Saturday, February 6, 2021

The dawn sky is streaked with bands of lemon and midnight blue, as if someone has been finger-painting behind the vast silhouettes of the maples. It is a lonely sight, even among the crowded, jumbled roofs of a city neighborhood. The sky, like the sea, resists the tamer.

Yesterday I worked on my collaboration poem, and I think it's mostly where it needs to be, unless my painter-partner has some suggestions for changes. I also finished my reading vacation (all of the Little House books in a rapid row), and now I have turned again to Lampedusa's The Leopard. Like McMurtry's Lonesome Dove, like Mathiessen's Shadow Country, The Leopard is a book in which the landscape is the greatest character. I've never been to any of these places--the Great Plains, Florida's Thousand Islands, Sicily--and I don't read these books because I necessarily hope to go there. It's how the novelist makes such intense use of place: that's what draws me.

It's interesting/disturbing/tiresome that these three books are by white men. Of course Wilder's books also make rich use of landscape, but the novels are constrained by authorial prissiness and a child audience. Cather is a better example of a woman writer who treats landscape as an active character. Louise Erdrich, to a degree, can also do it. (I'm not including those books that primarily use landscape as a decorative backdrop or as a palimpsest for human emotions.) I've read a fair number of Native American novels and memoirs lately, and landscape, as such, is not always particularly key to their work. Not that it should be; I'm just noticing. There are lots of writers whose creations arise from people and their stuff--both physical stuff and dramatic stuff. Shakespeare, for instance. It's a perfectly good way to think about art.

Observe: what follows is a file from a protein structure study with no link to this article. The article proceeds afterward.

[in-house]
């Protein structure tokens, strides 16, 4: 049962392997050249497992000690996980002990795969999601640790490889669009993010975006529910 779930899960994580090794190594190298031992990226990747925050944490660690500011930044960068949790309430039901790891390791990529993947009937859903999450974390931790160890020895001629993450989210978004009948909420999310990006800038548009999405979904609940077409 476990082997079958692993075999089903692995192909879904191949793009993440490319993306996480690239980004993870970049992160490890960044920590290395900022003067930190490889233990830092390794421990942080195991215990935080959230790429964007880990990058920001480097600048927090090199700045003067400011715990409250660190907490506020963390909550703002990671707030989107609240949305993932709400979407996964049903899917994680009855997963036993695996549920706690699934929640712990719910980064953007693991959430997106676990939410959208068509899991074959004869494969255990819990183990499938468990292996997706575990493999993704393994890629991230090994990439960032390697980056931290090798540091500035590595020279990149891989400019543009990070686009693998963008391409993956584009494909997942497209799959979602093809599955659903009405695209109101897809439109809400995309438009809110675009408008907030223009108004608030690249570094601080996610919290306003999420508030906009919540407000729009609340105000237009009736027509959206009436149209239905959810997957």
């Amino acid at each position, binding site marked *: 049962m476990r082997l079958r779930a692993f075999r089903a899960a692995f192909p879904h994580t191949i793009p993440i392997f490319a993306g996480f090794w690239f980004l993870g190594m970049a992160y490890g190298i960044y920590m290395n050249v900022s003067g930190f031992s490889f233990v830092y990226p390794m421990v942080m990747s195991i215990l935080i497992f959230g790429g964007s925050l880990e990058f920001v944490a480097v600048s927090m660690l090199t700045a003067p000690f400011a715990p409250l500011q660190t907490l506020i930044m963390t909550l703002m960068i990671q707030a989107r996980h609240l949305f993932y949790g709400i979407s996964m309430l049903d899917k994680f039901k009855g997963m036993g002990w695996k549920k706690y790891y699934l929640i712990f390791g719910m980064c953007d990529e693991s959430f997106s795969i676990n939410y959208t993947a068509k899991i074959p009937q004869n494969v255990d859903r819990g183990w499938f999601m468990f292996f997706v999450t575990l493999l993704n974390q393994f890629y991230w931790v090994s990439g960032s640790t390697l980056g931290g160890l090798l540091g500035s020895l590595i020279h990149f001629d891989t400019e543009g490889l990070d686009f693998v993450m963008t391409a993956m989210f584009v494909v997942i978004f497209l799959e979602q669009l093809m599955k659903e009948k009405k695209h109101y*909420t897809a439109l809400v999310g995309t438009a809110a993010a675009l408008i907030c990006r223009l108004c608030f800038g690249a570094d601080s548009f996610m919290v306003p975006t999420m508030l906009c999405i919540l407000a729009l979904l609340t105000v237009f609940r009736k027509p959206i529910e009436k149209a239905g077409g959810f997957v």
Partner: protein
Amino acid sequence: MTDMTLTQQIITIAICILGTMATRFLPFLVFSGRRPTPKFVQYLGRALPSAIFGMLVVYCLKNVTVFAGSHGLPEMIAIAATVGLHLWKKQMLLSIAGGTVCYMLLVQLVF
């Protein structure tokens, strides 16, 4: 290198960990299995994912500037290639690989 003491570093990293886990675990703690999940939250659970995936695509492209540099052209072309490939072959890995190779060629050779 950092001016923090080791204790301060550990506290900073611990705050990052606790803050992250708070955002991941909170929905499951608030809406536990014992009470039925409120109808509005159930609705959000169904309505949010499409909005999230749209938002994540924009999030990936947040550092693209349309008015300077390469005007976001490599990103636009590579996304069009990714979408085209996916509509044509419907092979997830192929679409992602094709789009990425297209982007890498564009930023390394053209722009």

In any case, I do love The Leopard, and I know I've said so on this blog many times. It's a novel I should write about, and maybe someday I will.


nancy said...

I just reread Ethan Frome (I know -- do I need to get more depressed? -- but it is February,
after all). The landscape creates, mirrors, and somehow completes the characters. Have you ever seen the Orozco murals at Dartmouth? There is an amazing (and depressing) panel that expresses the same cold, frozen idea of New Hampshire/VT ethos.

Dawn Potter said...

I have seen those murals. They are incredible!

I was talking about Ethan Frome with a friend the other day . . . thinking about it as quintessential northern New England gloom. He was also mentioning Edwin Arlington Robinson: maybe those poems would fit your mood too!

Carlene Gadapee said...

I am always intrigued by setting as character; Russian novelists and short story writers seem to have a (depressing, cold, desolate) handle on it.

Solzenhitsyn's Ivan Denisovich comes to mind.

nancy said...

Also: The Magic Mountain
I think I need to reread that again.